No pump or filter needed -- my simple build

My Crossfire PRO arrived in mid-summer 2020. Watching these forums while I was waiting for its arrival, I researched the various ways that several users have upgraded the system, and early on I salivated over the various drain, pump, and even circulation systems that I saw here. In the end, however, I’ve abandoned much of that in exchange for a much simpler setup that seems to work extremely well. I’ll document these things in this thread, just in case anyone is interested.

Some background:
I manage an engineering building/lab for a small university engineering department. This machine was purchased to expand the capabilities of our machine shop. So, it’s not used regularly, but probably for a few parts cut once every couple of weeks.

So, here’s my total setup, after using it for six months:

A few notes: I ordered and installed the drag chains as I was assembling. I initially 3D printed the mounts as several have, but one broke as I was assembling, so I scrapped all and cut/tapped them out of aluminum scrap I had in the shop. I wasn’t happy with the rear-mounted swinging arm designed to hold the torch and the amount of hose that had to hang to accommodate the angled hand-held torch, and I wanted to be able to easily remove it to use for hand-held cutting (of course, that hasn’t happened yet). The torch is hanging from a chain attached to unistrut that was already hanging from the ceiling. A better solution would be to buy a machine torch for my cutter, a Miller 875, and attach it from the rear as intended, but that comes with a $700 price tag.

I welded (or one of my students did) the pans together and I’ve had no problems. TIG welding, no filler, 65A. I welded a 14" SS bolt to the outside of the pan to serve as a grounding lug (not pictured).

Here you see the simple drain system:

I had some scraps of 316L threaded pipe that I cut 2" sections from to serve as nipples to be TIG welded from the top with 308 filler. They aren’t the most beautiful welds, but they do the job. I’ve seen lots of posts about dimpling the water pan before welding, but I don’t think it’s necessary. I do wish that when I welded I had supported the pan around the outside edge and weighted down the center near the hole so that it would stretch down instead of up in the heat/cool welding process. One of them is elevated a bit and leaves a very small amount in the pan when draining, but it’s no big deal. It’s very easy to clean up.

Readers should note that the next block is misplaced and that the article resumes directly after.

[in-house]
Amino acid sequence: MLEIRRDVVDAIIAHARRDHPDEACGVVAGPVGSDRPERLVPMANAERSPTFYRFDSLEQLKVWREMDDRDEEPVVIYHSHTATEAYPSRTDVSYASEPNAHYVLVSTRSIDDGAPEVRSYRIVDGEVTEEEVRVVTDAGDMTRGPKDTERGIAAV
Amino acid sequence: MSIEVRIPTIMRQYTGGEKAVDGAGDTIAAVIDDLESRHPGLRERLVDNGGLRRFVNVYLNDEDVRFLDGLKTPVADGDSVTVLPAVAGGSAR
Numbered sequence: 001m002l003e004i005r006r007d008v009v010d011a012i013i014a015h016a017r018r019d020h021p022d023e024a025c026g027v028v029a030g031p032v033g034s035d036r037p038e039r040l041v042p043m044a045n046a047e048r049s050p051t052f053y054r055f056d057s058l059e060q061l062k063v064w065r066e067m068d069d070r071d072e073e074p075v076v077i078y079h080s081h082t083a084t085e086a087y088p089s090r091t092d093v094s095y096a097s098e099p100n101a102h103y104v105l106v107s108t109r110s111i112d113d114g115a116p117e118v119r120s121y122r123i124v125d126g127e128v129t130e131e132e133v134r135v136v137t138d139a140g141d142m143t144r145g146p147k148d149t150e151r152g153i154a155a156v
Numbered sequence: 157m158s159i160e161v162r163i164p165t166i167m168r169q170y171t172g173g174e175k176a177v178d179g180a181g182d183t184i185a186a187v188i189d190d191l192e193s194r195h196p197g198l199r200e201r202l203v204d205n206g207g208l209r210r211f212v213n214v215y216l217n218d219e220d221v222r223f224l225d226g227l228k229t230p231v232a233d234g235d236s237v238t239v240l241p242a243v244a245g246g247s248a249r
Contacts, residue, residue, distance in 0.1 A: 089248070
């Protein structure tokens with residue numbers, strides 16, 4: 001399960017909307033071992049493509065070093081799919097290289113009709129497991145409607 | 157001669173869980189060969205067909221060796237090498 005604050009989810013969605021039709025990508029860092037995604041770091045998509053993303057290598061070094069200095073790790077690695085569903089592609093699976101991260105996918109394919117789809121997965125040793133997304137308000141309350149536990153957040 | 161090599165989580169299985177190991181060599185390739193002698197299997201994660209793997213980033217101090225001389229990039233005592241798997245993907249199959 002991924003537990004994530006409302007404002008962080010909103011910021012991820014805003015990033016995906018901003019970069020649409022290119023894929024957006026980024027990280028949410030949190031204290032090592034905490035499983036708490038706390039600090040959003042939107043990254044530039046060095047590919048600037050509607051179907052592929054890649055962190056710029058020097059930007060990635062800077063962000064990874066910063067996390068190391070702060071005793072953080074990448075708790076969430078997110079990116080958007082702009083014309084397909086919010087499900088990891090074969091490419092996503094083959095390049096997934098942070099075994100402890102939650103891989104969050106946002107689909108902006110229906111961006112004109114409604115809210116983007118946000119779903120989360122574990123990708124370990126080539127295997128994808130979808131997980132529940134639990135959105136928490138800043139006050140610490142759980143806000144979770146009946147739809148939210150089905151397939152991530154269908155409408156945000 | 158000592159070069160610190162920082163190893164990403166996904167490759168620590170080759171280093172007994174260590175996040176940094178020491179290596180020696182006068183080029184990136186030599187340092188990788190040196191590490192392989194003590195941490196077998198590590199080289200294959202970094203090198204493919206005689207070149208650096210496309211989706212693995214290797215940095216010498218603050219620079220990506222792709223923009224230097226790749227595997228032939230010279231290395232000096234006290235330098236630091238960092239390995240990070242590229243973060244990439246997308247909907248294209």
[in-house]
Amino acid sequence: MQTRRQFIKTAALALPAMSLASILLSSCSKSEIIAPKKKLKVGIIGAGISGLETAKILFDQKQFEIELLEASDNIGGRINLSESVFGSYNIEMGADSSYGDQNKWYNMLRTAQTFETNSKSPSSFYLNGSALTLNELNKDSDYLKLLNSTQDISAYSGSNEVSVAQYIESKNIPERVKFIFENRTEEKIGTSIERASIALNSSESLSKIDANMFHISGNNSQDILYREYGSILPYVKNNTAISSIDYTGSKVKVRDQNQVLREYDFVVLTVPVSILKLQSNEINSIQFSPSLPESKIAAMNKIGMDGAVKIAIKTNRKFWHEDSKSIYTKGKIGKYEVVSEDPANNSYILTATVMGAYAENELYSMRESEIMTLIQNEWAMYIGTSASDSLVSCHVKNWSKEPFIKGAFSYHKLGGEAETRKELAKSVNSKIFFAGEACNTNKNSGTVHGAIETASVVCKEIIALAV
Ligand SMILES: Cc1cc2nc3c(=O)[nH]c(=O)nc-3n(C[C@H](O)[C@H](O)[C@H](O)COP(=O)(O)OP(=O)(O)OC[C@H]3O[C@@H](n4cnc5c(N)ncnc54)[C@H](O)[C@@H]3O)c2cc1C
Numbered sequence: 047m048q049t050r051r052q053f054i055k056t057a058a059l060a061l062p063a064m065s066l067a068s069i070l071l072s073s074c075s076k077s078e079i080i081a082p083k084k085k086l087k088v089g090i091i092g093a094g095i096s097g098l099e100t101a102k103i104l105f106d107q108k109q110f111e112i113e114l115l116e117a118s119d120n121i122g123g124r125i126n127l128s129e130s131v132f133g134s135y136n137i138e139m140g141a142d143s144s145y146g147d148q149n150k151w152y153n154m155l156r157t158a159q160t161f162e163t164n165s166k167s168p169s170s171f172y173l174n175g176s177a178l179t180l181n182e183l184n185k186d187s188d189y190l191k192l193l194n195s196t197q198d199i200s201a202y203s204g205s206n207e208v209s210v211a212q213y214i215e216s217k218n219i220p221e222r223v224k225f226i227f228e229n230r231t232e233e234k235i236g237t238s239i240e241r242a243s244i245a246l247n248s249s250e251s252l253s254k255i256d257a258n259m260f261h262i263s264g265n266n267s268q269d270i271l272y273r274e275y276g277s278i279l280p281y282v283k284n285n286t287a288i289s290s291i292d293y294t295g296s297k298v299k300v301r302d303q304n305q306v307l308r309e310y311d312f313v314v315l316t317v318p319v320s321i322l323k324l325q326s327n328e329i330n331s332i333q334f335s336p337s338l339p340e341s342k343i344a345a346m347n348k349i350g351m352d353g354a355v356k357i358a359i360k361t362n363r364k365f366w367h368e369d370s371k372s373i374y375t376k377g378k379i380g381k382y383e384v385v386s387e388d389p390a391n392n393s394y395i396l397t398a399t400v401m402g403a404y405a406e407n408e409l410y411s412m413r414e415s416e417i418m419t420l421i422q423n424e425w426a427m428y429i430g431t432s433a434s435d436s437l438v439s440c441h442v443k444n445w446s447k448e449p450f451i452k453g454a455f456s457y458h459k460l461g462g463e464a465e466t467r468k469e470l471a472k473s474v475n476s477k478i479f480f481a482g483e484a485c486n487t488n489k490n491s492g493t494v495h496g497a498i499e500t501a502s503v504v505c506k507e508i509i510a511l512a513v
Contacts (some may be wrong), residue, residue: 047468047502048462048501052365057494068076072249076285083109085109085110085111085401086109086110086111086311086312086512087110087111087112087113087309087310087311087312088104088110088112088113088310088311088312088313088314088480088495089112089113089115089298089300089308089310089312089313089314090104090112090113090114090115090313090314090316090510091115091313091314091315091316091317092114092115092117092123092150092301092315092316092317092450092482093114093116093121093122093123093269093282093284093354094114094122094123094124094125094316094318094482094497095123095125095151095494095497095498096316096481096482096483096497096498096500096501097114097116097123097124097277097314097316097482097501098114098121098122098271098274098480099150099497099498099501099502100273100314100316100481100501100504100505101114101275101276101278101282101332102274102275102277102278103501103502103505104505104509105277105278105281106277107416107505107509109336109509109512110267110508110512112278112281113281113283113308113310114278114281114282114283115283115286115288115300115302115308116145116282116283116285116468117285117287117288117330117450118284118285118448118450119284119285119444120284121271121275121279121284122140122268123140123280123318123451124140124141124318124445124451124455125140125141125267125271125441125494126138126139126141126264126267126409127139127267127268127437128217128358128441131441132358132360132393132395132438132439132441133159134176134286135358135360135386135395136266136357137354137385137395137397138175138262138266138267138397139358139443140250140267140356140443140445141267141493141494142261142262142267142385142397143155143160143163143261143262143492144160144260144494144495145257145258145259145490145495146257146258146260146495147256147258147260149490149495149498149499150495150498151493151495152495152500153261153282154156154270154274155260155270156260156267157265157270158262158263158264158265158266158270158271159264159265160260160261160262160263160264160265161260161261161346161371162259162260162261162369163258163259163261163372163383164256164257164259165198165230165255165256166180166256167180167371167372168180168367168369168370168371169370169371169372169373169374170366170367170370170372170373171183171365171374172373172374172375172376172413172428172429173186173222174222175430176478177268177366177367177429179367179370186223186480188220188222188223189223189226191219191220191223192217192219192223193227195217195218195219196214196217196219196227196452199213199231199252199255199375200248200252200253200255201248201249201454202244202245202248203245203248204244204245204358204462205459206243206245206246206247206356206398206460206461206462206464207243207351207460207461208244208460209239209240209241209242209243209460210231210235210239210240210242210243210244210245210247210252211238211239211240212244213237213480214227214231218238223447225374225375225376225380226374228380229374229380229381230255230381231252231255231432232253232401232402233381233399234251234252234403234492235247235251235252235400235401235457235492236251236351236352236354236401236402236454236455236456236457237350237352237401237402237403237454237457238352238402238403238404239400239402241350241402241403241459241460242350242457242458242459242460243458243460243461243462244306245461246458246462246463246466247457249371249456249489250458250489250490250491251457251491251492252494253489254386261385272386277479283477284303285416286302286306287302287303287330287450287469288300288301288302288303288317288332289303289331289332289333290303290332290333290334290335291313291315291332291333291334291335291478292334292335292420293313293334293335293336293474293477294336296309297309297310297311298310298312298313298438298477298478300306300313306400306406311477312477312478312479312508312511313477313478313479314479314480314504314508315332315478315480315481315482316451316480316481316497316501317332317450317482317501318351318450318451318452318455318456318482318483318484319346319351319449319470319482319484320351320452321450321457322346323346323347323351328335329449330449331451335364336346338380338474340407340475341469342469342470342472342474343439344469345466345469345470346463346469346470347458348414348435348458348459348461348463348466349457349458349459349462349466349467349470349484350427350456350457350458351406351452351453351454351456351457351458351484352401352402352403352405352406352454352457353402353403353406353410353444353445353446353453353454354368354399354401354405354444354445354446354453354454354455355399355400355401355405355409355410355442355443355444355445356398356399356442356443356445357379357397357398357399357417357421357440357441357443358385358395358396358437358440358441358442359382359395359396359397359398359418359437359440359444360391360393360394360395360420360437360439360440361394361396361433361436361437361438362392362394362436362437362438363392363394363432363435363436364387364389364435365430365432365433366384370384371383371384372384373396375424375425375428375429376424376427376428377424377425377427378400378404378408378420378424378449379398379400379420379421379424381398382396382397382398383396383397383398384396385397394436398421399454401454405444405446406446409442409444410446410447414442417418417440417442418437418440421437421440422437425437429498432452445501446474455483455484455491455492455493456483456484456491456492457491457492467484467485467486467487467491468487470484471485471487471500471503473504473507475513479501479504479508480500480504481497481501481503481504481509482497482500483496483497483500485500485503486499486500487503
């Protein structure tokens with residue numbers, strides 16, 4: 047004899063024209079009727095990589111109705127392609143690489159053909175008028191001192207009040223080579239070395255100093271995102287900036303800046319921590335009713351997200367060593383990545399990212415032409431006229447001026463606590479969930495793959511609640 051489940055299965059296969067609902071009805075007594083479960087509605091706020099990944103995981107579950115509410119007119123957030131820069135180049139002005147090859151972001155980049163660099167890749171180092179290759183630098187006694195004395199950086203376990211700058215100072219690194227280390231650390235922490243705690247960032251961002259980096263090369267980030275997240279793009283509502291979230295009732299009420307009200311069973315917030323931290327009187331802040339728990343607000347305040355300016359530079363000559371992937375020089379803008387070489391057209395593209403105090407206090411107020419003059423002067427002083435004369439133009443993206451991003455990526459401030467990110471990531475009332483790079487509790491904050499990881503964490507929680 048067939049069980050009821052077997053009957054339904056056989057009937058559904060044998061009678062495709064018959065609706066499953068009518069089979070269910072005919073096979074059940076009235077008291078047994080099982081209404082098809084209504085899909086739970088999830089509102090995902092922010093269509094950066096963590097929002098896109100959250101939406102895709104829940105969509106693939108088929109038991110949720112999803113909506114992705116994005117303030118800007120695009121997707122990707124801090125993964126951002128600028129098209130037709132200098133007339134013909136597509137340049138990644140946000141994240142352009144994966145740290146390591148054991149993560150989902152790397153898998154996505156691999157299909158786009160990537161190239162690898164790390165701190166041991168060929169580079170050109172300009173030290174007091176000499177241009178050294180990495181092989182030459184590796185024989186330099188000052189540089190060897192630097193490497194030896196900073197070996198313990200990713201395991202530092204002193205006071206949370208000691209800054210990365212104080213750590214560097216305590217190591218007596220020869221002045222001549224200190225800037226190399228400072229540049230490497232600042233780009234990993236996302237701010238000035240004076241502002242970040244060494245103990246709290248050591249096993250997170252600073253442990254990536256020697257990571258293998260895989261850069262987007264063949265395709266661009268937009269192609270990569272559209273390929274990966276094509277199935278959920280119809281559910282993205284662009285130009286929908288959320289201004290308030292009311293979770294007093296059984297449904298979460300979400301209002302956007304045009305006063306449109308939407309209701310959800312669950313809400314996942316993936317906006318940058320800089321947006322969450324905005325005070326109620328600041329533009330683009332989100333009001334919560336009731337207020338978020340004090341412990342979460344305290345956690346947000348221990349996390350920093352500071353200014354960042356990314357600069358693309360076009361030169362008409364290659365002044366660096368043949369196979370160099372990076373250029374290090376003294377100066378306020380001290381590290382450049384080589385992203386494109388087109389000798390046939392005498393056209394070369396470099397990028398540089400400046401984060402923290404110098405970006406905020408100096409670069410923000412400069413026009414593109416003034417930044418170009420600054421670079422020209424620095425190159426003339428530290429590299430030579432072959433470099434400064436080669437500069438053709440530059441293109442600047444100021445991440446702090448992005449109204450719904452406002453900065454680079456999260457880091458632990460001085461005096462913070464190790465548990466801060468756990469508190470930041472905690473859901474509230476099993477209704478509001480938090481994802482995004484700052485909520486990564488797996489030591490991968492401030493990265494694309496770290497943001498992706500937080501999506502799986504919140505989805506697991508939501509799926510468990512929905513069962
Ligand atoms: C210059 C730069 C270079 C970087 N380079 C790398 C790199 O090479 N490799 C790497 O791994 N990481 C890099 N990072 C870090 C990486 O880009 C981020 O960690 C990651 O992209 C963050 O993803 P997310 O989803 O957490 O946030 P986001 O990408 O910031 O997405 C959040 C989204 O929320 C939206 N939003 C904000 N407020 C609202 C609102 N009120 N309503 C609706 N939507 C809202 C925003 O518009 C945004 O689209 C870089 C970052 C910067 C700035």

Underneath I just used 1" PVC, lowering the drain side about 1/2" below the other. When draining, big chunks simply aren’t going to go down the drain, they stay where they are. Anything small enough to make its way to the drain will wash all the way down and out. A full table will fill three 5gal buckets, so it’s easy to manage and easy to see when filling whether or not you will need more water. I was amazed at how fast it would evaporate when just sitting around, so I now empty it at the end of the day if we’ve been using it. It takes less then a minute to empty and not much more than that to pour it back in. If the fluid sits for a week or more, pretty much everything settles to the bottom, so I’m pouring in a very clean solution. I pour, and then rinse the buckets when I see a build-up. I’ve found the scum and residue very easy to clean out of the pan, but I admit that it’s nice to have student employees standing around that I can pass the job to.

That’s it for now. In the future, if I have to open up the plasma cutter again, I’ll post some photos of how we wired it in. We added a connector to the back of the unit that connects both the torch control and the THC.


nice …simple…and it works…thanks for sharing…